Challenge and Community in the Heartland

Alan Jenkins

The nation’s eyes are again on Iowa this week, as its residents struggle with the aftermath of violent storms and devastating flooding. People from Cedar Rapids to Columbus Junction to Des Moines are dealing with the tragic loss of life and the grim destruction of homes and property.

The catastrophe has understandably eclipsed recent developments in Northeast Iowa, where residents are coping with the fallout from a different kind of trauma: the biggest immigration raid in US history, made by federal officials last month at a Postville, IA, meatpacking plant. Nearly 400 workers—more than one-third of the plant’s employees and nearly 10% of the town’s population—were taken into custody.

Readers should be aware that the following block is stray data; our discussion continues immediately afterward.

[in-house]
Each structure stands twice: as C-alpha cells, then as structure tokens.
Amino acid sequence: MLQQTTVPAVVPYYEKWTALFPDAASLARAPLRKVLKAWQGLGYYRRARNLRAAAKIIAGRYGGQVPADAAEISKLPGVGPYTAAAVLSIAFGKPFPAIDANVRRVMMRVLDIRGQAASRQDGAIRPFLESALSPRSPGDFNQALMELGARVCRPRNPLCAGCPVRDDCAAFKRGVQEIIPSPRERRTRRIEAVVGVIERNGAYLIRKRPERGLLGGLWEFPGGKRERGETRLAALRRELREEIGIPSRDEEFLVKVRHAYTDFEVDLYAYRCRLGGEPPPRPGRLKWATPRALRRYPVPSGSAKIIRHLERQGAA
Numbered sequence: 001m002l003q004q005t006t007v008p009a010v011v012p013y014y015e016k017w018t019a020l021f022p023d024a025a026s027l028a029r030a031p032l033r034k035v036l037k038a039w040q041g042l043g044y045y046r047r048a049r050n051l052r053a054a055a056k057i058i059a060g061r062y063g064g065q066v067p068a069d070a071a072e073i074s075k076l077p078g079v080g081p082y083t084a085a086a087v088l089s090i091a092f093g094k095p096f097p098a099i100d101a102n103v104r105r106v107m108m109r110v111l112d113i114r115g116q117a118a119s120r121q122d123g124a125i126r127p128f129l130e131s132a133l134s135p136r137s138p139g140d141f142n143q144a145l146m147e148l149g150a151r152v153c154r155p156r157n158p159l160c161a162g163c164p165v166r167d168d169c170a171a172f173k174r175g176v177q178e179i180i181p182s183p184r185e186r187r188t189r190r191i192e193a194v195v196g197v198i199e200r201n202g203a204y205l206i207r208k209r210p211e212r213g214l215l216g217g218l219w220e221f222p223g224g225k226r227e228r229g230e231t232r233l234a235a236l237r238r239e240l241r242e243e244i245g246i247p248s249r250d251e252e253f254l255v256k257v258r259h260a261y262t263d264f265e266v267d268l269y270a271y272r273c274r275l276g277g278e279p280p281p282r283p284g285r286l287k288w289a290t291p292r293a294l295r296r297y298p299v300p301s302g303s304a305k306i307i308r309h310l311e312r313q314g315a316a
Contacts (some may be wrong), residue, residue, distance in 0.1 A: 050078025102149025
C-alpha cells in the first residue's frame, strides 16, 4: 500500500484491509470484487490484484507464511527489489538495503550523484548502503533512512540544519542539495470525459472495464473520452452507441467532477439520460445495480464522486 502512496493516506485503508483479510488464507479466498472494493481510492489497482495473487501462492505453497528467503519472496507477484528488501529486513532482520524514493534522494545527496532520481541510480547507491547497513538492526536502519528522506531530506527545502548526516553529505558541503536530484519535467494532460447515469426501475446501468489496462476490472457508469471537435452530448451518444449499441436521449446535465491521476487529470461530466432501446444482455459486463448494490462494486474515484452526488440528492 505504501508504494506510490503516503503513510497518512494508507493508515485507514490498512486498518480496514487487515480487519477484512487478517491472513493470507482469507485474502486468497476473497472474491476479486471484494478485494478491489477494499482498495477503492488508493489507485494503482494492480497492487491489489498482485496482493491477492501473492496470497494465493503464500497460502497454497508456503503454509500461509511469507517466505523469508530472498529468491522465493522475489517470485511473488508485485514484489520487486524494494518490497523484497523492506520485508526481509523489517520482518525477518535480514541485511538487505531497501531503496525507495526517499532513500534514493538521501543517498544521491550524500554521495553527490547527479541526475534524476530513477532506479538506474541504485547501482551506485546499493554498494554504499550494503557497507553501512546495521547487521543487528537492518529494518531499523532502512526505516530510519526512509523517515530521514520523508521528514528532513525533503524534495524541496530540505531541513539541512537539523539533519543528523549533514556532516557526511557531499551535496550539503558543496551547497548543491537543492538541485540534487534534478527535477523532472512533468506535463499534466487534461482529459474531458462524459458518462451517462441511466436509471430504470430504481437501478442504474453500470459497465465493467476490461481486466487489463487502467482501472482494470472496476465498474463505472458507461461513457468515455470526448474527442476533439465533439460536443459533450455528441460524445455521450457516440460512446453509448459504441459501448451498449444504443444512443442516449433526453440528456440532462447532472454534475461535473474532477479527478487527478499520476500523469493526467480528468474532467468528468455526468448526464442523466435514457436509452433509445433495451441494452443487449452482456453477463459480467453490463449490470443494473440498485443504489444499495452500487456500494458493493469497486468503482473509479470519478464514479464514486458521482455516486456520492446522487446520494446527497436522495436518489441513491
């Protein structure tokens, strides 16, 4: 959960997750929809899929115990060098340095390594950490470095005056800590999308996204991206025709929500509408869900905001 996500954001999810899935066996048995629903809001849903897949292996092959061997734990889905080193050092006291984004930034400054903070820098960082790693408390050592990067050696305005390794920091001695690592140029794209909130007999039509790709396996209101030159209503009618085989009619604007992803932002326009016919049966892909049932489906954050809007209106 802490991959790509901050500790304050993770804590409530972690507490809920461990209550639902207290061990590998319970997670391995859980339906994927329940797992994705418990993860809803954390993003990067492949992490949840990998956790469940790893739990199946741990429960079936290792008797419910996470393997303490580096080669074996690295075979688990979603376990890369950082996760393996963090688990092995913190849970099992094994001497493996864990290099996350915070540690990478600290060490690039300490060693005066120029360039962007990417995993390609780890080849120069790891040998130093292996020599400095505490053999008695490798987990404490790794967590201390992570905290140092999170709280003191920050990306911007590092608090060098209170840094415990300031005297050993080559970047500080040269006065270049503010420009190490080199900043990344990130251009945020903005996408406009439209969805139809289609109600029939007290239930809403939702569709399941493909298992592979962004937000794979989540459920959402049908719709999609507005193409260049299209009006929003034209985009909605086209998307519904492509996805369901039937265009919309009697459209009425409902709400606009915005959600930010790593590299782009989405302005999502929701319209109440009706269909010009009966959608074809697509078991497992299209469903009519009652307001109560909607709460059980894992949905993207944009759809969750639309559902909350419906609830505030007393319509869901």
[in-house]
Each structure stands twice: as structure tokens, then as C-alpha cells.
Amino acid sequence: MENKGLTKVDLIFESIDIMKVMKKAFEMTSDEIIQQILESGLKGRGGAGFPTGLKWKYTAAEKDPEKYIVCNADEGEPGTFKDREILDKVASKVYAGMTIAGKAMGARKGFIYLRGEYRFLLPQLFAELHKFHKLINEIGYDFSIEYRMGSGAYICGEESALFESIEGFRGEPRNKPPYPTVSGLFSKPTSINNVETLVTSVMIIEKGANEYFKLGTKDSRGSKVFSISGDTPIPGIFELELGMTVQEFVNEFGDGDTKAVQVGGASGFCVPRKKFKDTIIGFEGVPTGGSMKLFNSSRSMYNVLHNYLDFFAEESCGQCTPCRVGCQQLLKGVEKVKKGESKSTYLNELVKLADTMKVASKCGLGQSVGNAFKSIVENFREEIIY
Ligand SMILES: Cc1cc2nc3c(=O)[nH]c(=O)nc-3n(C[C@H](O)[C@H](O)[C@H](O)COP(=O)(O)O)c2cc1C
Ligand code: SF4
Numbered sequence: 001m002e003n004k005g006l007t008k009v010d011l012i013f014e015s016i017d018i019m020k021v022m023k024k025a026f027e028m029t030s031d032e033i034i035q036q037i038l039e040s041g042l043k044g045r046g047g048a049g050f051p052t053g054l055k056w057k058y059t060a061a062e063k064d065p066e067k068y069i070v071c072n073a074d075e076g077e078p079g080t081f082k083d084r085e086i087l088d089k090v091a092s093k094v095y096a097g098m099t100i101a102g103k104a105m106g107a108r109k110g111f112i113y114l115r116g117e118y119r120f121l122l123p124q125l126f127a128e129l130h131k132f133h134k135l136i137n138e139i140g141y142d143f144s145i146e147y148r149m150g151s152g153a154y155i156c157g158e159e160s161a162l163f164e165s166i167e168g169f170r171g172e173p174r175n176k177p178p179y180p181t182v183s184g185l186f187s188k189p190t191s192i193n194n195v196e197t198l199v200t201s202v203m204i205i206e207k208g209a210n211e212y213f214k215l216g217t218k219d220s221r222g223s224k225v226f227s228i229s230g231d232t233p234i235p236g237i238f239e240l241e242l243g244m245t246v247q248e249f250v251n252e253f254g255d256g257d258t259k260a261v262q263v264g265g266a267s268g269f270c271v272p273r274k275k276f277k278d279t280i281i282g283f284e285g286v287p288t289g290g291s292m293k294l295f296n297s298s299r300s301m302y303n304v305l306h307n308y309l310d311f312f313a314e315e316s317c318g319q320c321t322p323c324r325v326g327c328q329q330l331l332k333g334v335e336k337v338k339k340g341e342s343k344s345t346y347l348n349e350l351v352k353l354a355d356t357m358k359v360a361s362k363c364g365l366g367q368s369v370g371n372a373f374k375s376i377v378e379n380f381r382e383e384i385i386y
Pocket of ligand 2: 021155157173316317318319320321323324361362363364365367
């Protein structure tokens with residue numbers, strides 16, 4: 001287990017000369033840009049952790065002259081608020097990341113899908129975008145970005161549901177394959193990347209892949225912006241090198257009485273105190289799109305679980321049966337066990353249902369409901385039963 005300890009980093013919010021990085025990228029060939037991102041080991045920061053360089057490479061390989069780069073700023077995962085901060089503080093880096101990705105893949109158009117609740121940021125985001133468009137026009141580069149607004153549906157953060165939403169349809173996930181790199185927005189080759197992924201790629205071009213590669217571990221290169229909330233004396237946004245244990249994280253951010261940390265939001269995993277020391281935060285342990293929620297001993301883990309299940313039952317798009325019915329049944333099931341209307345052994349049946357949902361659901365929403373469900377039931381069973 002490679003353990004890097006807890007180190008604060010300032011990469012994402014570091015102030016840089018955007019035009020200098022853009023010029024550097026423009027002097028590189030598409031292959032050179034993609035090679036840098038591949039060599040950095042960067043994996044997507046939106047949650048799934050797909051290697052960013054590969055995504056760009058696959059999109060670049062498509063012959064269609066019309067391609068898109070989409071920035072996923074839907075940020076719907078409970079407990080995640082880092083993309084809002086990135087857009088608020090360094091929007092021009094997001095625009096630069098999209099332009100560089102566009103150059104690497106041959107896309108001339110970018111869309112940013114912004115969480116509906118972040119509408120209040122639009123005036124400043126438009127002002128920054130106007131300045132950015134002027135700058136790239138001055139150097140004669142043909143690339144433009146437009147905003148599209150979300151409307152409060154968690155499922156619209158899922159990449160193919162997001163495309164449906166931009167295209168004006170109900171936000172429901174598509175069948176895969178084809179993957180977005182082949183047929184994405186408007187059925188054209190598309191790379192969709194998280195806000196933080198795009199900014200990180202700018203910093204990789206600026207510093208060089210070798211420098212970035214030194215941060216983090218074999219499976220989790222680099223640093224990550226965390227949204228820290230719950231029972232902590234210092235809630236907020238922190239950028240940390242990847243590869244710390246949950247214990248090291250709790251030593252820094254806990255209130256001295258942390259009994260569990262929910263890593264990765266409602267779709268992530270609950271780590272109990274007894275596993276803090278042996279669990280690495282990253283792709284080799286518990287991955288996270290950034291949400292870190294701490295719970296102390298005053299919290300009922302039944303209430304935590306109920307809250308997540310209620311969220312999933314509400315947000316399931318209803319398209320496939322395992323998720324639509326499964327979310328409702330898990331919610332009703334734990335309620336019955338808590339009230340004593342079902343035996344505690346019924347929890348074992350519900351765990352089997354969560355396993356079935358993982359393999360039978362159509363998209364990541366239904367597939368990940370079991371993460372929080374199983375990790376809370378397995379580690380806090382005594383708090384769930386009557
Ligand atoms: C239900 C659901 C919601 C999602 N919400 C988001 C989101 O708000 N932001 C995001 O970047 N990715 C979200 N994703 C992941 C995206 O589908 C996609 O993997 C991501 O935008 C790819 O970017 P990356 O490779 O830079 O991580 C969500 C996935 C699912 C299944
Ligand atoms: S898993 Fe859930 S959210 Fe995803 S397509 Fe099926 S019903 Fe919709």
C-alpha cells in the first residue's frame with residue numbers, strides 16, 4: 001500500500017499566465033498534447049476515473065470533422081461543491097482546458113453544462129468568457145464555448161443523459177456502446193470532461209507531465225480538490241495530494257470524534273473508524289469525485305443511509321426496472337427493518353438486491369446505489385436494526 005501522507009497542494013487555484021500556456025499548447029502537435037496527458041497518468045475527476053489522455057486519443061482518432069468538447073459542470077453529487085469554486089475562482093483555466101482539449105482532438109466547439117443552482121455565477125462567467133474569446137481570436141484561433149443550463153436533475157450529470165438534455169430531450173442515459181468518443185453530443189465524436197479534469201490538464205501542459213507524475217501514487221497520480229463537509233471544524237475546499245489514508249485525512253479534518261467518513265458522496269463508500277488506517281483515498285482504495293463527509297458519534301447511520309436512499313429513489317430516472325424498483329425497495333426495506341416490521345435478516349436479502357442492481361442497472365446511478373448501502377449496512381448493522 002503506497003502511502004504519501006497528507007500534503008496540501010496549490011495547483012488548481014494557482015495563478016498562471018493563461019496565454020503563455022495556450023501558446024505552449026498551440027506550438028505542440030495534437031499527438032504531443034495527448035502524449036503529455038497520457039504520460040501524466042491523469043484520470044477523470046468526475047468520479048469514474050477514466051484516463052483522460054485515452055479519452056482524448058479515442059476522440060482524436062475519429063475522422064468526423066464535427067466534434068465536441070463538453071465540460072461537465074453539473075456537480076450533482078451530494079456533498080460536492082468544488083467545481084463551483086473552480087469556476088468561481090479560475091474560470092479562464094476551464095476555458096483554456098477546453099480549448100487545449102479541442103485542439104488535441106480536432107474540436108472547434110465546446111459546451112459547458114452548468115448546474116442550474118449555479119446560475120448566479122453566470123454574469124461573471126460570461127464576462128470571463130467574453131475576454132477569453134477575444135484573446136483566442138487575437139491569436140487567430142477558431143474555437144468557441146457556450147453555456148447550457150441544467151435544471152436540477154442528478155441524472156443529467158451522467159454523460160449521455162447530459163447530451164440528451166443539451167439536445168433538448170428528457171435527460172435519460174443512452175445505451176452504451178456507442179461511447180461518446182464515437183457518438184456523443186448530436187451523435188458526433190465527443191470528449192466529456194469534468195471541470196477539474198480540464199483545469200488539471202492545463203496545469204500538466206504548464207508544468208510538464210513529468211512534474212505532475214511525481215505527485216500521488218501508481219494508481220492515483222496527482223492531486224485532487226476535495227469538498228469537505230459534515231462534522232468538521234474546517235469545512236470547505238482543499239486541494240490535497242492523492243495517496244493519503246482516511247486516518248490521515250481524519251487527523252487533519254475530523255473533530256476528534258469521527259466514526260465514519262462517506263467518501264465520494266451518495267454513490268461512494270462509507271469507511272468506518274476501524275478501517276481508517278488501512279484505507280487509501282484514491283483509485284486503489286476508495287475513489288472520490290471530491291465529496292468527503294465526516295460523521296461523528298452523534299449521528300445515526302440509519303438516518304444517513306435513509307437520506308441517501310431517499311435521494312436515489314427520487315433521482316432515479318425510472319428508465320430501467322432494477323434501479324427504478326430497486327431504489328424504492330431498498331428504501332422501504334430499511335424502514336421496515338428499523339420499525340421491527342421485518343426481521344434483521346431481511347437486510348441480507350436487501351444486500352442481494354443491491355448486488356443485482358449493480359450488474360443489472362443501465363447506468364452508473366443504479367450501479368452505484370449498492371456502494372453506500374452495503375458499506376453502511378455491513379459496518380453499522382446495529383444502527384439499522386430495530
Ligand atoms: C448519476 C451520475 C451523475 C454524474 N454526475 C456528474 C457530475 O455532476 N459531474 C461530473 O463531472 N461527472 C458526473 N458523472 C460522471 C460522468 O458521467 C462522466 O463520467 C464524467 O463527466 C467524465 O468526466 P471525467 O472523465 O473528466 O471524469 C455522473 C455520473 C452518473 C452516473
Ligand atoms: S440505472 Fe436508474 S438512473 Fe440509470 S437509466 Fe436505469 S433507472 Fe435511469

The two phenomena are, of course, very different, especially because the flooding and tornadoes have taken precious lives. But to some Iowans in the Postville area, the immigration raids and their aftermath have felt like a catastrophic event. Postville School superintendent David Strudthoff told the Washington Post [http://www.washingtonpost.com/wp-dyn/content/article/2008/05/17/AR2008051702474.html] that the sudden incarceration of more than 10 percent of the town’s population “is like a natural disaster—only this one is manmade.”

After the Postville raid, half of the local school system’s 600 students were absent. Many businesses were shuttered and churches left empty. And many families and friends were separated. But, unlike this month’s terrible storms and twisters, the Postville raid could have happened differently, or not at all.